Football is more than just a sport to me — it’s my job. It’s a part of my life nearly every day of the year. My fiancee, Emily, is a Michigan grad who attended one-half of one Wolverines game. (“It was cold,” she explains.) When we first started dating, she knew as little about football as I did about her favorite foreign films.
I found it adorable.
To Emily’s credit, she’s absorbed quite a bit of football knowledge since she met me, but she’s still got a ways to go.
I certainly don’t need her to start painting her face; I just wish she could get down some of the basics, so we could spend the day yelling at the TV … together.
Downs and distance.
Guys are born with an inherent understanding that a football team has four “downs” to get 10 yards and earn a fresh set of downs, with the ultimate goal of scoring a touchdown. Emily knows a touchdown when she sees one; it’s the part leading up to it that’s confusing.
Run vs. Pass.
We all know women love quarterbacks, so it’s no surprise that Emily prefers passing plays. Hand-offs are another story. “Why does that guy keep trying run into those other guys if it’s not working?” she asks. Good question. Here’s another one: Why does she keep buying dresses online that she knows she’ll end up returning?
Oh, man. If I had a nickel for every time I’ve said the words: “Three points for a field goal, one for the extra point.” Emily: “What’s an extra point?” Don’t get me started about punts.
Says Emily, “I don’t understand why certain violence is allowed and why other times it’s a ‘foul.'” It’s an admittedly fine line. Similarly, I don’t understand why it’s OK to tell her she has something in her teeth, but objecting to the scent of her Chap Stick can make her cry.
I would never expect my fiancee to memorize the names of every prominent coach or player in the country — it would actually be kind of troubling if she did — but you have no idea how cute it is when she breaks out an unexpected Tim Tebow reference. One of these days, I’m going to blow her mind with a Marc Jacobs conversation.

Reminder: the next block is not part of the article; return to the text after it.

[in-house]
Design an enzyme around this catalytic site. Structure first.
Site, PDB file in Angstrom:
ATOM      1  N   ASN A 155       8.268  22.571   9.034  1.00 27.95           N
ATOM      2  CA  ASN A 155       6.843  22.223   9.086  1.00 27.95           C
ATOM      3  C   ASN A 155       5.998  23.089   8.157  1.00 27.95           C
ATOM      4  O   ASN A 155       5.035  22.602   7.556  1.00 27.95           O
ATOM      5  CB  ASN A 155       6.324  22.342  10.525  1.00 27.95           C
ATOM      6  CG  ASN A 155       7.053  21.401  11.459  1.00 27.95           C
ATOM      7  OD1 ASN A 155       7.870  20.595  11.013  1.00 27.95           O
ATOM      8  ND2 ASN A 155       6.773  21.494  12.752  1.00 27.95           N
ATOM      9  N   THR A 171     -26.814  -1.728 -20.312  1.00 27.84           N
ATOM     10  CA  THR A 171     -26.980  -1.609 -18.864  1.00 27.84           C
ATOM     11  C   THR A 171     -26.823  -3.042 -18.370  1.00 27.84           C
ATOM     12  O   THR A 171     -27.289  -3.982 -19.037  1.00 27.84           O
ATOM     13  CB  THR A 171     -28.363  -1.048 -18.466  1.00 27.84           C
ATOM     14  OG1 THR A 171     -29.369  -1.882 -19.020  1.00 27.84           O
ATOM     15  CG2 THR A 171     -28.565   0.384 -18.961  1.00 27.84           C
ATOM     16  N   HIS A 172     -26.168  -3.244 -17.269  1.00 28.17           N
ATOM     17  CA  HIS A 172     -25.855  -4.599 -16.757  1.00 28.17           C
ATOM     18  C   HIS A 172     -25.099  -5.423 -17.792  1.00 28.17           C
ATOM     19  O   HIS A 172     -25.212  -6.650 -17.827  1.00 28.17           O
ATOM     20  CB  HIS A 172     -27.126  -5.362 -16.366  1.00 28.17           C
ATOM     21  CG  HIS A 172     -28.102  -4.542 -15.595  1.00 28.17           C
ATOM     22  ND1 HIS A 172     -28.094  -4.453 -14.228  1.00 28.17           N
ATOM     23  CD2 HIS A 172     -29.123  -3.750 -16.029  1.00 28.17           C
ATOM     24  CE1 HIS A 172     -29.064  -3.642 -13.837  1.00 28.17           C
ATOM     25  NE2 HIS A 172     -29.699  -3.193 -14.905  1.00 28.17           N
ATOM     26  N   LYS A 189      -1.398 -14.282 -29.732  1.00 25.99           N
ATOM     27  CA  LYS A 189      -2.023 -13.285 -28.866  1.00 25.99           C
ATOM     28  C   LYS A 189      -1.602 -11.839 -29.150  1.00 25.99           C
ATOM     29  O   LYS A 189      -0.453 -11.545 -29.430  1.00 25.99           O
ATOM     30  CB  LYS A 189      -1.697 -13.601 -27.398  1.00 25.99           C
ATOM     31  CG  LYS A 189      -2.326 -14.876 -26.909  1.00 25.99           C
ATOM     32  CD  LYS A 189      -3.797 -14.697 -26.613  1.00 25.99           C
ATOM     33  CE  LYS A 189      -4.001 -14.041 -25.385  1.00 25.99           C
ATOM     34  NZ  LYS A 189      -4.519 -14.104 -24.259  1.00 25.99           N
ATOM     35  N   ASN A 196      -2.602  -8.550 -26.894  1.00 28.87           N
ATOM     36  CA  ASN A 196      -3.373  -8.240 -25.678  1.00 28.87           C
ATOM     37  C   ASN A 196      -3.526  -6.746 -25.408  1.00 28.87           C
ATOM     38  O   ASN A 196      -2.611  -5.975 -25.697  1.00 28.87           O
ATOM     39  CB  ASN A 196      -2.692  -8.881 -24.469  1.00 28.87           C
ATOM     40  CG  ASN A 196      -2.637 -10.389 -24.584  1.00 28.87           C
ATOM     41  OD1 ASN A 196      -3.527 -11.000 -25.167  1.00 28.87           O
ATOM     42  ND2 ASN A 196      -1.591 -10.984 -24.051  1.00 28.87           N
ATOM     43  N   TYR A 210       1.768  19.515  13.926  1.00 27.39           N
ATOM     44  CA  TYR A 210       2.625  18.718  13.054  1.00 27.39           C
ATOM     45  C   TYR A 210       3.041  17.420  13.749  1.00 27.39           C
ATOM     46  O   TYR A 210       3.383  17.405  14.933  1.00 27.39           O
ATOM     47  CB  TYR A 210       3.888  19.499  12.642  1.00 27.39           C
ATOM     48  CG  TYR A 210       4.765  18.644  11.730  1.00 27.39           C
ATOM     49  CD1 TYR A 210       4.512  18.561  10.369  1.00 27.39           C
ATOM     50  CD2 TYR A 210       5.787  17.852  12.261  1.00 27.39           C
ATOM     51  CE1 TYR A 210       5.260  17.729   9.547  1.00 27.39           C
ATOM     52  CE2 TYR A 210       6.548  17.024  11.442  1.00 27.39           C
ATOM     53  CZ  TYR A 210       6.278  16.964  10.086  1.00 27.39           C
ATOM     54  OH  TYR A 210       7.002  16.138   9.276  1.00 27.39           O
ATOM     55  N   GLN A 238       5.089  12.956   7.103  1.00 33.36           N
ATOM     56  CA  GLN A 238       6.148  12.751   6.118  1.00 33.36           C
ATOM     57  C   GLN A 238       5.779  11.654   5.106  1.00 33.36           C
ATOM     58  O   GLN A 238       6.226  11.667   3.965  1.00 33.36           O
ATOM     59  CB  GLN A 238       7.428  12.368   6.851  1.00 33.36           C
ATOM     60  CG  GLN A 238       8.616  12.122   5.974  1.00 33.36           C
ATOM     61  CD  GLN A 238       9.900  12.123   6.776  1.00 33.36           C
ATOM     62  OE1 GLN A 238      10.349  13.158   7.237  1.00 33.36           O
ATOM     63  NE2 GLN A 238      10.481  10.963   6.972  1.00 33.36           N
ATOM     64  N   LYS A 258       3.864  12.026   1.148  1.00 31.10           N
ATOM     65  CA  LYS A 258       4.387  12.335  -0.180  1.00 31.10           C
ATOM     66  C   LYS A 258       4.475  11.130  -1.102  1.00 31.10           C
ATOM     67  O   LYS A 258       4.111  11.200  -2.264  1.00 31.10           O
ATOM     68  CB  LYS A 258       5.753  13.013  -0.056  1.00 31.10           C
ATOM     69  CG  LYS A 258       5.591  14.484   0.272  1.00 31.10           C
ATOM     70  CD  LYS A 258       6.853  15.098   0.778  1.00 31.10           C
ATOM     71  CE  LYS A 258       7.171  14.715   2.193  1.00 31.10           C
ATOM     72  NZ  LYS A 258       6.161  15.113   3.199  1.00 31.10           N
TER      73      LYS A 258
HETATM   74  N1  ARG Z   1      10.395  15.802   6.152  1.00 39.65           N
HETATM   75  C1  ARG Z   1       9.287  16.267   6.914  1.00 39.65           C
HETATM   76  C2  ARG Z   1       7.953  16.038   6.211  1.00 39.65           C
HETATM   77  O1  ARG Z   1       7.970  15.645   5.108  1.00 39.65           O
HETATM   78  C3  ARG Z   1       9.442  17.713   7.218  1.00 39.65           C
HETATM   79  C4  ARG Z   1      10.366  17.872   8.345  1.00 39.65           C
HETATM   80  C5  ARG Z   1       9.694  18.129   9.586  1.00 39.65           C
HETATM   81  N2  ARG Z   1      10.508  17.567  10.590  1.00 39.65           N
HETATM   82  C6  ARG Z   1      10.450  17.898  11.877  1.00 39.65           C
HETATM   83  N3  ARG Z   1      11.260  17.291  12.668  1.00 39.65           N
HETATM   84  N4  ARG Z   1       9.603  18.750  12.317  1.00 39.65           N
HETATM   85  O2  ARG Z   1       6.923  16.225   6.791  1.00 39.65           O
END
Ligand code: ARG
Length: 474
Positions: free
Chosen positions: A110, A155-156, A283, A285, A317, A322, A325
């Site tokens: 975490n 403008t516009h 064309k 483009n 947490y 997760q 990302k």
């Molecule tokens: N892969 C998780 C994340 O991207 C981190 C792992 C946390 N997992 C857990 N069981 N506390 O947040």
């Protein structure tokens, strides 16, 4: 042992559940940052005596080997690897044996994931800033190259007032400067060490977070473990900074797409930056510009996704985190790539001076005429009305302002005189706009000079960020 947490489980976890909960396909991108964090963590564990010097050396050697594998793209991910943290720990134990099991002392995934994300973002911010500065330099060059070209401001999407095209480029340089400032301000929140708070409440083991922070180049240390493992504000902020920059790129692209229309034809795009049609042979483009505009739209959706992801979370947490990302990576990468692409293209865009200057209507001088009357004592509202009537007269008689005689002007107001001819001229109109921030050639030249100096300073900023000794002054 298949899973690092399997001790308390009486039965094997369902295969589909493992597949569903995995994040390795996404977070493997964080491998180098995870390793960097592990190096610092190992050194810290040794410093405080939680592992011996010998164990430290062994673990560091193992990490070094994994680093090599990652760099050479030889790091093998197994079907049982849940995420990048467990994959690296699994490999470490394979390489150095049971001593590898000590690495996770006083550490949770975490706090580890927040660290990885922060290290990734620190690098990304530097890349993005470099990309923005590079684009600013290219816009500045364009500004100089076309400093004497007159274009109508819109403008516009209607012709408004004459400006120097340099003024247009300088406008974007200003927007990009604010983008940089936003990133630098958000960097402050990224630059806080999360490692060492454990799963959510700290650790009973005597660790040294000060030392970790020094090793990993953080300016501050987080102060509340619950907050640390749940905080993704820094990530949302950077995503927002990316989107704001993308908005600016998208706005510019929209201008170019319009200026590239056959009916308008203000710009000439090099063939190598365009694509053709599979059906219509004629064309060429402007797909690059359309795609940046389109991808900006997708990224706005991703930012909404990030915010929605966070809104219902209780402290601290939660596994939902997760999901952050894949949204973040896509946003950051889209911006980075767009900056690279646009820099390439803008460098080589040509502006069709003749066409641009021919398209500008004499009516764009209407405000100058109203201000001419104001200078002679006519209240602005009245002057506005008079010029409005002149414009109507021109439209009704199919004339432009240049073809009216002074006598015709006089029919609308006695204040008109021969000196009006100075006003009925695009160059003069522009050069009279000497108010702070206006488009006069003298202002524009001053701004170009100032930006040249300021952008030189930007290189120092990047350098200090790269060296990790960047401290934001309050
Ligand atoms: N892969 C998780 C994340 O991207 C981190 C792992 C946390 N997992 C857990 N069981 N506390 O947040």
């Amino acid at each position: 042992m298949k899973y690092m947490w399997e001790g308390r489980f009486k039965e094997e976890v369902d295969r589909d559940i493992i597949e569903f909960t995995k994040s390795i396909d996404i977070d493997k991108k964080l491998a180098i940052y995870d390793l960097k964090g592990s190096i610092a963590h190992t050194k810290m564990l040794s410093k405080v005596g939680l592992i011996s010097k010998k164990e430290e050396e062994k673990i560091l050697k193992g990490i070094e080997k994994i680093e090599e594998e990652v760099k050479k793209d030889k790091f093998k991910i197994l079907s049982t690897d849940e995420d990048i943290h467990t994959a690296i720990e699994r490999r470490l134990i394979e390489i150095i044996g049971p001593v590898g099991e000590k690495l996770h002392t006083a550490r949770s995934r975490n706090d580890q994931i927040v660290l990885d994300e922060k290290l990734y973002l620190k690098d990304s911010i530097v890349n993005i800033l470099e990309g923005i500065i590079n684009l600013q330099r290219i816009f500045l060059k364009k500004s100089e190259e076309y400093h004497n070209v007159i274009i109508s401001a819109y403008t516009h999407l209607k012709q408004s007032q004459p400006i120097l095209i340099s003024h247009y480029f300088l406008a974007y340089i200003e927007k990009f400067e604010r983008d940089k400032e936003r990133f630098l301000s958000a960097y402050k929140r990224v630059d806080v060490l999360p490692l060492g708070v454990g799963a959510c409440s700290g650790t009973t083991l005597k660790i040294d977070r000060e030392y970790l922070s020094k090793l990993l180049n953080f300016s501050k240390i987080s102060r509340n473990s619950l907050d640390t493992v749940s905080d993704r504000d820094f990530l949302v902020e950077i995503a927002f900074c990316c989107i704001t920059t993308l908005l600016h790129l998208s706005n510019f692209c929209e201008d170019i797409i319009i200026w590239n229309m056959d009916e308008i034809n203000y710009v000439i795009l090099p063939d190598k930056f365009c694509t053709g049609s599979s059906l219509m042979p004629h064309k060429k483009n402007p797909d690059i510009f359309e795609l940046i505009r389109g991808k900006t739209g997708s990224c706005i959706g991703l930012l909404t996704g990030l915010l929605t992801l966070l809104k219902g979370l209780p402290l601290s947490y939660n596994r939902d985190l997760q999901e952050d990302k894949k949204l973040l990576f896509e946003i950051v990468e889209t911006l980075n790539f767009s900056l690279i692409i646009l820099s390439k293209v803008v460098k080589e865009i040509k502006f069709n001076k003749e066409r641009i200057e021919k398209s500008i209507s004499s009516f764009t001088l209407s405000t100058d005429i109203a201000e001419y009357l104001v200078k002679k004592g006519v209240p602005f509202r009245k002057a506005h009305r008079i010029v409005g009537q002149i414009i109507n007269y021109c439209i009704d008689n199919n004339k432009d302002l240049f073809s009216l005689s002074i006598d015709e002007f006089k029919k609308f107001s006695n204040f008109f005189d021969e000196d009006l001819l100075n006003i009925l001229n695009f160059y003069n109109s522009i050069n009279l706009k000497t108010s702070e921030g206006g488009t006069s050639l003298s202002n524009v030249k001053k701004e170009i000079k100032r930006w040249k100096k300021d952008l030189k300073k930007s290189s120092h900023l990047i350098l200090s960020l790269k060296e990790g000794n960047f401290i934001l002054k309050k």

Any respectable fan knows that half the fun of a football game is the outdoor party before it. Beer and brats at 10 in the morning? “Ewww,” Emily said the first time I described it. This from the same person who thinks kale is “delicious.”
Emily understands that for four months in the fall, my weekends revolve around football games. She doesn’t seem quite as tolerant of Thursday, Friday and Monday night games. “Why can’t they play all the games on the weekend?” she asks. Why is there a “Real Housewives of some city” on seemingly every hour of every day?
Yelling at the TV.
Sometimes, you see a player make such a mind-boggling mistake or a ref make such an egregious call that you can’t help but voice your displeasure — at an inanimate object. I’m sure it looks strange, but she can’t complain. I bought her a Snuggie.
My fiancee doesn’t get why grown men invest so much time and energy being the pretend owner of a pretend team that plays weekly games against their friends’ pretend teams. Actually, neither do I.
Last week, I was sitting on the couch, feet kicked up on the coffee table, watching a game with Emily’s head resting on my shoulder. I’ve pictured this very scene in my head over and over for the past 33 years. I hope she realizes how much I appreciate her, and that she’ll soon have my undivided attention — until March Madness, of course.
Stewart Mandel is a senior writer for SportsIllustrated.com, covering national college football and basketball, and the author of “Bowls, Polls and Tattered Souls: Tackling the Chaos and Controversy That Reign Over College Football.”